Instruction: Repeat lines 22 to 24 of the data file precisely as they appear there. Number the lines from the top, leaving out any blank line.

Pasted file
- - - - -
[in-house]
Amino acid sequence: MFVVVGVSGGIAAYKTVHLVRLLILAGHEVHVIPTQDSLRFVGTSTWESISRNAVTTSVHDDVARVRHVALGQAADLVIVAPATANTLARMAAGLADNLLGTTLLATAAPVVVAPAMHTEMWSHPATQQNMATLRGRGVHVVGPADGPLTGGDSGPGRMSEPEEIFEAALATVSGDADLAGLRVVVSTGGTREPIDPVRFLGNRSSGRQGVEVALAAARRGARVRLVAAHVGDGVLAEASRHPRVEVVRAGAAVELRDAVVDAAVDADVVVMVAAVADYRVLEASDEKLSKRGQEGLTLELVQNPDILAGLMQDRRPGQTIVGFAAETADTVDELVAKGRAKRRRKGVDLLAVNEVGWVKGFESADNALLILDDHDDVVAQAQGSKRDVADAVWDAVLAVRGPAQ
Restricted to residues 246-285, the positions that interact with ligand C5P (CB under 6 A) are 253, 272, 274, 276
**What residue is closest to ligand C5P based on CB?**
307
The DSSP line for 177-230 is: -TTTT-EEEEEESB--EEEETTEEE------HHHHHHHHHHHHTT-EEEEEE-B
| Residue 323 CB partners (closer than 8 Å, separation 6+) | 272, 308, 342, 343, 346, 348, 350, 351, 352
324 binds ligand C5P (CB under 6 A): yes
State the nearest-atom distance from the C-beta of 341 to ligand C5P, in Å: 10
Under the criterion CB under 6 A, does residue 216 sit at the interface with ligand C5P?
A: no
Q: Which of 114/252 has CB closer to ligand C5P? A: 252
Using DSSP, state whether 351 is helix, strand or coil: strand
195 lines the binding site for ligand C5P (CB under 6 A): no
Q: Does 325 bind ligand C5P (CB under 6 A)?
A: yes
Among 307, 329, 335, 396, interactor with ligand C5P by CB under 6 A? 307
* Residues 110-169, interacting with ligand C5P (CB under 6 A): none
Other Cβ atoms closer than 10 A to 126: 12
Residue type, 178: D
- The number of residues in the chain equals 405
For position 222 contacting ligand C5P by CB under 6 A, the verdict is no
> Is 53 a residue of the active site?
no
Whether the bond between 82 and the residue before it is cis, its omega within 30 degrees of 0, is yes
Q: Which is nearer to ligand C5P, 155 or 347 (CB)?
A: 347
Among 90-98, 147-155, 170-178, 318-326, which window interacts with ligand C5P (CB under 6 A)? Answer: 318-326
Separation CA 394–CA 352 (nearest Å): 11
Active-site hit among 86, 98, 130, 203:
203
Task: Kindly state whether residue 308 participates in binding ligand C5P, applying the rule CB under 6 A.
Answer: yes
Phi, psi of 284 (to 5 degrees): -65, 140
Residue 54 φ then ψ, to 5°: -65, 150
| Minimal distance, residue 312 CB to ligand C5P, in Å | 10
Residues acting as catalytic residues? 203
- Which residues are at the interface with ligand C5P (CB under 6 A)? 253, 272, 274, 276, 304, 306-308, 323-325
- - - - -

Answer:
For position 222 contacting ligand C5P by CB under 6 A, the verdict is no
> Is 53 a residue of the active site?
no